Hong Kong’s financial services industry is adapting to better entice millennial candidates

Millennials are proving to be the most challenging candidates to recruit (and retain) for Hong Kong’s financial services companies. Read more here. 

  • 61% of Hong Kong CFOs in financial services anticipate Gen Y professionals to be the most challenging generation to recruit in the next year. 
  • 83% believe a career in financial services is an attractive career path to millennials.
  • To recruit millennial-aged professionals, 61% have partnered with universities, 44% are recruiting millennial employees from overseas and 43% have increased their use of social media recruitment. 
  • 55% identify offering flexible working arrangements as a way to make the financial services industry more attractive to millennial-aged workers.

Generation Y, or the so-called “millennials”, are proving to be the most challenging candidates to recruit (and retain) for Hong Kong’s financial services companies – a sector already facing a growing skills shortage. According to independent research commissioned by specialised recruitment company Robert Half, financial services organisations are having to adapt their hiring practices to entice high-calibre millennial candidates to address the skills gap. 

More than six in 10 (61%) financial services leaders in Hong Kong say Gen Y [1] financial services professionals will be the most challenging to recruit over the next 12 months. This is followed by Generation X [2] (35%), and Baby Boomers [3] (4%). 

With many financial services companies actively approaching millennial employees from competing organisations, staff retention has become a high business priority, with 55% saying they are most concerned about Gen Y financial services professionals leaving the company in the next year. This again is followed by Generation X (36%) and the Baby Boomer generation (9%).

Even though the financial services industry is confronted with a skill-short market, the majority (83%) of finance leaders in the banking and financial services industry believe a career in financial services is an attractive career path to millennials. 

Adam Johnston, Managing Director at Robert Half Hong Kong said: “While Hong Kong’s financial services leaders believe strongly in the appeal of financial services to millennials, the industry is continuously being confronted with a skills shortage with an insufficient influx of Gen Y candidates contributing to the lack of talent. This highlights the need for financial services companies to adapt and further position financial services as an attractive career path for millennials. Millennials are more digitised in their working practices, using new technologies to streamline and deliver projects efficiently, making this generation of professionals highly desirable in the financial services industry which is increasingly undergoing a digital transformation.”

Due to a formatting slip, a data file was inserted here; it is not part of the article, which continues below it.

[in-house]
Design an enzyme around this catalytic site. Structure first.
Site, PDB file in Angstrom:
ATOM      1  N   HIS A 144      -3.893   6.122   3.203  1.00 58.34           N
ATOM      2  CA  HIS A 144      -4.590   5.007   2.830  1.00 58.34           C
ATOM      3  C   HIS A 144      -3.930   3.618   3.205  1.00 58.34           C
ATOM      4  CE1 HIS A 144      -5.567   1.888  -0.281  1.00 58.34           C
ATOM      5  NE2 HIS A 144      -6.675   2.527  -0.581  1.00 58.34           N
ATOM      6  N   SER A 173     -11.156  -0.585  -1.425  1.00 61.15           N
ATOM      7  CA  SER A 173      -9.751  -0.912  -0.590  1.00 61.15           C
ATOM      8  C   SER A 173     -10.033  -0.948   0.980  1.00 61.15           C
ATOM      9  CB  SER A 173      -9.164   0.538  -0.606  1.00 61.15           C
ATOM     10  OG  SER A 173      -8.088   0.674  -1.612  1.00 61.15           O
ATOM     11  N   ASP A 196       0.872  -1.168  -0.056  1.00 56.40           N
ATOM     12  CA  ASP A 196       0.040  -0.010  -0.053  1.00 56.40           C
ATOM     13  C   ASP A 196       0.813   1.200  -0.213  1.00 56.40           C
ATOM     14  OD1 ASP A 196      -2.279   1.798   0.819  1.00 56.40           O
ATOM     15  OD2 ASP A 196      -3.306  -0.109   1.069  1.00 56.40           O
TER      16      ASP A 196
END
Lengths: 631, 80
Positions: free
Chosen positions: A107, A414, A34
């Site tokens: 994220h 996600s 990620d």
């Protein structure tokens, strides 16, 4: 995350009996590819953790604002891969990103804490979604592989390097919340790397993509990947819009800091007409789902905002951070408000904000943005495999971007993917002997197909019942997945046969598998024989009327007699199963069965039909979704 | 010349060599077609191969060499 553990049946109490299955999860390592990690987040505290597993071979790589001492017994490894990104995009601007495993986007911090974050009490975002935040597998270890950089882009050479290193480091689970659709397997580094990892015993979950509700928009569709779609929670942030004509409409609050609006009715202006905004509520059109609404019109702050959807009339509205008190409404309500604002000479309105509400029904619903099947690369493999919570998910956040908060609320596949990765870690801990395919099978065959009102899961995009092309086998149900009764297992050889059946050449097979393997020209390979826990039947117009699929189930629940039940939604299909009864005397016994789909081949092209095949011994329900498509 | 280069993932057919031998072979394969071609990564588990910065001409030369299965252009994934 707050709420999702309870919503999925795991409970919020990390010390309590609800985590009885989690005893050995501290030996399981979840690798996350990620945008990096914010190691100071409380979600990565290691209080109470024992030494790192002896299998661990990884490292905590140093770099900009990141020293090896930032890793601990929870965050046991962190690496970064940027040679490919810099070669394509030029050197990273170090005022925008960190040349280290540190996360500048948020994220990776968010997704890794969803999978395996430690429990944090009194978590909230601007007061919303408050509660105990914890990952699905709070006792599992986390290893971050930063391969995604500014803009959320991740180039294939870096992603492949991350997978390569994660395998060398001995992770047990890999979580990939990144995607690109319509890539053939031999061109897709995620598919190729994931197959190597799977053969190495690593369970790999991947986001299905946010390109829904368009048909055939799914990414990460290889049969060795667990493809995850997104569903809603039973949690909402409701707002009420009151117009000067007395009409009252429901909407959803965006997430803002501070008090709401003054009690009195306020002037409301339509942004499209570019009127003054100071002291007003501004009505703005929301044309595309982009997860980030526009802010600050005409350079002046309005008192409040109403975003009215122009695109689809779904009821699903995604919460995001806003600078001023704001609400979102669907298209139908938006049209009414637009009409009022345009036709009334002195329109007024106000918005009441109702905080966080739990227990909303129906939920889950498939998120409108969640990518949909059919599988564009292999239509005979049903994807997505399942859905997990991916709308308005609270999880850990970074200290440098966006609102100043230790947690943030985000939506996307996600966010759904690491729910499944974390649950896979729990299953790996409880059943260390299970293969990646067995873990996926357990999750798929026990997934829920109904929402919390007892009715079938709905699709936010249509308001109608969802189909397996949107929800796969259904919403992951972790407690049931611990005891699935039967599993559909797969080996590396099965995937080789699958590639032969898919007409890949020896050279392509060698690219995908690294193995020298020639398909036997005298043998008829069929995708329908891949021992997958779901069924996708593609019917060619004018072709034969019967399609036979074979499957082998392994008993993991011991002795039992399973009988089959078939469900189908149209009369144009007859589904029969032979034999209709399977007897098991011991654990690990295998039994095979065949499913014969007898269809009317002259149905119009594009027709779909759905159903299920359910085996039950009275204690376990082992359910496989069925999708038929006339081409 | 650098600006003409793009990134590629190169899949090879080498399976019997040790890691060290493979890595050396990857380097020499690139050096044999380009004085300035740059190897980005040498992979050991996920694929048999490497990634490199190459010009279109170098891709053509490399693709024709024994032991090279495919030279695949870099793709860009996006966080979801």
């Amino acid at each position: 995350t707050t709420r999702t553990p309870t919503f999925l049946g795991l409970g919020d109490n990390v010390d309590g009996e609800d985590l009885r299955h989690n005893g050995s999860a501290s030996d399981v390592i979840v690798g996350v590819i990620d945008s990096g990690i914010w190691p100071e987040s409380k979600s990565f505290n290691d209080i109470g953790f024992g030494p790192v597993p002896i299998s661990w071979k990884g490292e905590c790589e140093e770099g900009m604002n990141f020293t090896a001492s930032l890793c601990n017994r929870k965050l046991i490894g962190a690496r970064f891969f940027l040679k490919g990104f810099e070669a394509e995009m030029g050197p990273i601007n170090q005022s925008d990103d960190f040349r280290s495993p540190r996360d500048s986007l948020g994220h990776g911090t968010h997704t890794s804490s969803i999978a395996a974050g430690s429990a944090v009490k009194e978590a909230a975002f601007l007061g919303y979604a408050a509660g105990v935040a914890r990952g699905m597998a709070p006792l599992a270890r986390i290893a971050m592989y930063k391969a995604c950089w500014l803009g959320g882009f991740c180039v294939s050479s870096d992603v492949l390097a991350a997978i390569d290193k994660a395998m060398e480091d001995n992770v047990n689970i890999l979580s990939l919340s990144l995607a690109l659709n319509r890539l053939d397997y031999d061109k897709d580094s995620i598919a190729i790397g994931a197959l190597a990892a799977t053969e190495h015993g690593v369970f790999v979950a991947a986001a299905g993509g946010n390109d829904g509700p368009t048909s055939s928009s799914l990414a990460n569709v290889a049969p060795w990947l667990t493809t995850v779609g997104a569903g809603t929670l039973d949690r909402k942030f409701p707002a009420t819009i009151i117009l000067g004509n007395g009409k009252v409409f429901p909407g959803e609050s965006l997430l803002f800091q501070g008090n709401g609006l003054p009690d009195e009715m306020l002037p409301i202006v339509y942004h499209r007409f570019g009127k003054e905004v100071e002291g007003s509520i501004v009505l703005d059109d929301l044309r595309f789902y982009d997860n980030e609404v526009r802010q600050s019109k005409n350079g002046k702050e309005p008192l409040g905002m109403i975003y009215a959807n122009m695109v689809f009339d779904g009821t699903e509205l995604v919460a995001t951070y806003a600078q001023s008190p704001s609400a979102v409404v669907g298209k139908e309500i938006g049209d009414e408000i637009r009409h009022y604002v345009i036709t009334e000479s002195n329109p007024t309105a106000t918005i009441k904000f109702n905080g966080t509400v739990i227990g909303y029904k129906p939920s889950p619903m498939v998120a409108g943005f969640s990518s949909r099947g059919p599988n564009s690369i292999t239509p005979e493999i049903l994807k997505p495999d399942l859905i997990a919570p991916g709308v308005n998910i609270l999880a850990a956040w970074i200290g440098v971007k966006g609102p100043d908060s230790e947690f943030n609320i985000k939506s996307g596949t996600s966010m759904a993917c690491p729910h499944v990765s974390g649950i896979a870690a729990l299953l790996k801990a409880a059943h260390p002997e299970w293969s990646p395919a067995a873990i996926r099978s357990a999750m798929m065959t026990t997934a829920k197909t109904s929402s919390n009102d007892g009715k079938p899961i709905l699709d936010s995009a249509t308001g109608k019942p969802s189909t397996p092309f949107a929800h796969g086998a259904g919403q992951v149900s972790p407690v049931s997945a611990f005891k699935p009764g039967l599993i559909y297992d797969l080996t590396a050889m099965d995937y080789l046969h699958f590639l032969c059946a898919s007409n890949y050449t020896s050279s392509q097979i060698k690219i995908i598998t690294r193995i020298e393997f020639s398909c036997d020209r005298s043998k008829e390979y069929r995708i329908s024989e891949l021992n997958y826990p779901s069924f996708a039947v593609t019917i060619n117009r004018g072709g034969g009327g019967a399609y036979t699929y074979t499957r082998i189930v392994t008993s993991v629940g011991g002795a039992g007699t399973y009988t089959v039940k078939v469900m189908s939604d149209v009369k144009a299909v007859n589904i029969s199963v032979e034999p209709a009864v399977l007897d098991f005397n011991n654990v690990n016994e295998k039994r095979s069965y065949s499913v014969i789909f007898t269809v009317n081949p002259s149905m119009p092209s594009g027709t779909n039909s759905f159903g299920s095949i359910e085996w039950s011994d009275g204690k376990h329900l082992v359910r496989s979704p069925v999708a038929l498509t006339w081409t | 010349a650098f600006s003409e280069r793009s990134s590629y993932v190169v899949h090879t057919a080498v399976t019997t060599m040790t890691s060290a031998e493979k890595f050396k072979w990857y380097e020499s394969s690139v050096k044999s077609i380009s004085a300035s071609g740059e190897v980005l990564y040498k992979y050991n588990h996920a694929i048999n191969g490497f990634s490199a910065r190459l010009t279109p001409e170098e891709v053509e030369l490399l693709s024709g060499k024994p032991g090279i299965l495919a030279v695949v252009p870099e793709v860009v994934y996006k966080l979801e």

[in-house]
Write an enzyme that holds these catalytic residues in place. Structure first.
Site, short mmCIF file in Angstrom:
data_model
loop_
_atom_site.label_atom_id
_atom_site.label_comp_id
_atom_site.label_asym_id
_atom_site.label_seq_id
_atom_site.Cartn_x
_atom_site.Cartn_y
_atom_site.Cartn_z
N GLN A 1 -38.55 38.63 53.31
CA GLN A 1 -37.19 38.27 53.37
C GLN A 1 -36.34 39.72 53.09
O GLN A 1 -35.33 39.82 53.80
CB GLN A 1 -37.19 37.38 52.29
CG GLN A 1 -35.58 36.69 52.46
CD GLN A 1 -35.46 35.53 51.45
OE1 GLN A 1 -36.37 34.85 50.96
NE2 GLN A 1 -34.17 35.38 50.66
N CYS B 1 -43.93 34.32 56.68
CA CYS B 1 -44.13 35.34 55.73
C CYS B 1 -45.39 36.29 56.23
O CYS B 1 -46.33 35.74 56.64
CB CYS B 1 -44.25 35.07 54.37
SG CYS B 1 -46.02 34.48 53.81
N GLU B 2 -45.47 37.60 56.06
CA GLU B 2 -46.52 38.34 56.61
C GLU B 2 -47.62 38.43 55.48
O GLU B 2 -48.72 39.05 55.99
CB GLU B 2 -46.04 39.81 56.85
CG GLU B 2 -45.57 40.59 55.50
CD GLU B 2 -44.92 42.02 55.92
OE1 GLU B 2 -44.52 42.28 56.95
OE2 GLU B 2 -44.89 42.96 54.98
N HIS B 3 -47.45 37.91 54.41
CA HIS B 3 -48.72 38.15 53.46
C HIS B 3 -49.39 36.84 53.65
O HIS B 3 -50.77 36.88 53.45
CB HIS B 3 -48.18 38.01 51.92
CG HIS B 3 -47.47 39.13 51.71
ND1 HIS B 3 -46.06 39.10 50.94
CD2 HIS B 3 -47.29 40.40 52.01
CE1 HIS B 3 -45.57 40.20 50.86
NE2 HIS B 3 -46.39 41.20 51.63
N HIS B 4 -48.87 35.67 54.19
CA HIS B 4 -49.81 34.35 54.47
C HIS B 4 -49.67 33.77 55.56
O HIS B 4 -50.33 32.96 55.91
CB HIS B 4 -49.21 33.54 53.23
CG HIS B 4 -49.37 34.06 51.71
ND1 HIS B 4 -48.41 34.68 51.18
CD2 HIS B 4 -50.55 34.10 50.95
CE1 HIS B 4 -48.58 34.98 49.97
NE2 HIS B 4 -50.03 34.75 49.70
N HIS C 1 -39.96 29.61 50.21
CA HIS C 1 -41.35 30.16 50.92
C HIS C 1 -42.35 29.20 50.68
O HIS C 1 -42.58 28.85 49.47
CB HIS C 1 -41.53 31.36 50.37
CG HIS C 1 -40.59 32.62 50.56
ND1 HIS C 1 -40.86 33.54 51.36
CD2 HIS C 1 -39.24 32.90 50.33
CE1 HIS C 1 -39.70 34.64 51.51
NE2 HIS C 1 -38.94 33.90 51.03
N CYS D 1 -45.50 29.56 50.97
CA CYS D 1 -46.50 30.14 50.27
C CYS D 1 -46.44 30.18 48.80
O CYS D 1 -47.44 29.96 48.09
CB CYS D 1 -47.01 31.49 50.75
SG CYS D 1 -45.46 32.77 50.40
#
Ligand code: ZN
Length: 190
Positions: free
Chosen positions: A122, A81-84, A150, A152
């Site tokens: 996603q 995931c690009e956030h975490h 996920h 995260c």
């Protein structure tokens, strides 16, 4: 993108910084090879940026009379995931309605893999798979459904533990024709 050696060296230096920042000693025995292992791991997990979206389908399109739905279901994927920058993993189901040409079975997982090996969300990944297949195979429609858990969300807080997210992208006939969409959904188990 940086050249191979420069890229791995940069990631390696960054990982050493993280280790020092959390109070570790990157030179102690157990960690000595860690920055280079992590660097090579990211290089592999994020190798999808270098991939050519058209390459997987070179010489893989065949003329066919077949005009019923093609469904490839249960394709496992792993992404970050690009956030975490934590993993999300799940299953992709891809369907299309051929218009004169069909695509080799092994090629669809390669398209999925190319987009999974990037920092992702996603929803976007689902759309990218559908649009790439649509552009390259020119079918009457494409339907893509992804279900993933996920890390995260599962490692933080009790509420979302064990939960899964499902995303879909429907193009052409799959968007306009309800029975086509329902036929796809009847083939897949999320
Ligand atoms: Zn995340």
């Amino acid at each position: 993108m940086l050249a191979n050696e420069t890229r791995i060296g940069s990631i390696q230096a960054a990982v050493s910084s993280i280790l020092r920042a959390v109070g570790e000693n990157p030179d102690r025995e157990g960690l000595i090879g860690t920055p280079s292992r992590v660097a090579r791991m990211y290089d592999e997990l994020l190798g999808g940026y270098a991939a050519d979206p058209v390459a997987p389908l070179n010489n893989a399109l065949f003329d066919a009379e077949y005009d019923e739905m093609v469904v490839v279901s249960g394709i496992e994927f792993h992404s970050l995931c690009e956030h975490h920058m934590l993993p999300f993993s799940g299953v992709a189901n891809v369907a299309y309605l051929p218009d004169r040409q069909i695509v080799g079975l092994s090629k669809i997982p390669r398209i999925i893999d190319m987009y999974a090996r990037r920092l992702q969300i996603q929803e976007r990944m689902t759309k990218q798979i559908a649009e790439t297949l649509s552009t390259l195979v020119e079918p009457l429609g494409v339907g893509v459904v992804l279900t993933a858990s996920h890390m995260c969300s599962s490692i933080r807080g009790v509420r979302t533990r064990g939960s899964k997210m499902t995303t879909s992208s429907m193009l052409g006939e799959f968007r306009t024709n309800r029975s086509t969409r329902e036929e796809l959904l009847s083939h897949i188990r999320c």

How to attract millennial talent
As the war for talent continues, employers are adapting hiring practices aimed at sourcing highly-skilled millennial professionals. When asked what new hiring practices their company adopted over the past two years to recruit millennial-aged workers, almost two thirds (61%) of financial services CFOs say they have partnered with universities to source millennial candidates. Almost half (44%) are recruiting millennial candidates from overseas markets and 43% have increased their use of social networking sites as a recruitment method. 

What attracts candidates to a career in financial services? 
Monetary incentives are the clear motivator for a career in financial services, as more than seven in 10 (71%) CFOs in financial services point to salary as the most appealing aspect for professionals of all ages working in the sector. This is followed by bonuses (71%) and career advancement (50%). 
However, millennial financial services candidates look beyond financial incentives. When asked what financial services companies can do to make the industry more attractive to millennial-aged workers, more than half (55%) identify offering flexible working arrangements, followed by offering higher salaries (47%), offering fast-tracked career paths (41%) and providing tailored career paths (36%).

“While incentives have traditionally been one of the most appealing factors to a career in financial services, the desire for greater work-life balance is fast becoming a priority. In order to attract and retain top millennial talent, Hong Kong companies need to take a proactive approach to reassessing their incentives programs and offering work-life balance initiatives, as this generation will gradually make up the majority of the future workforce.”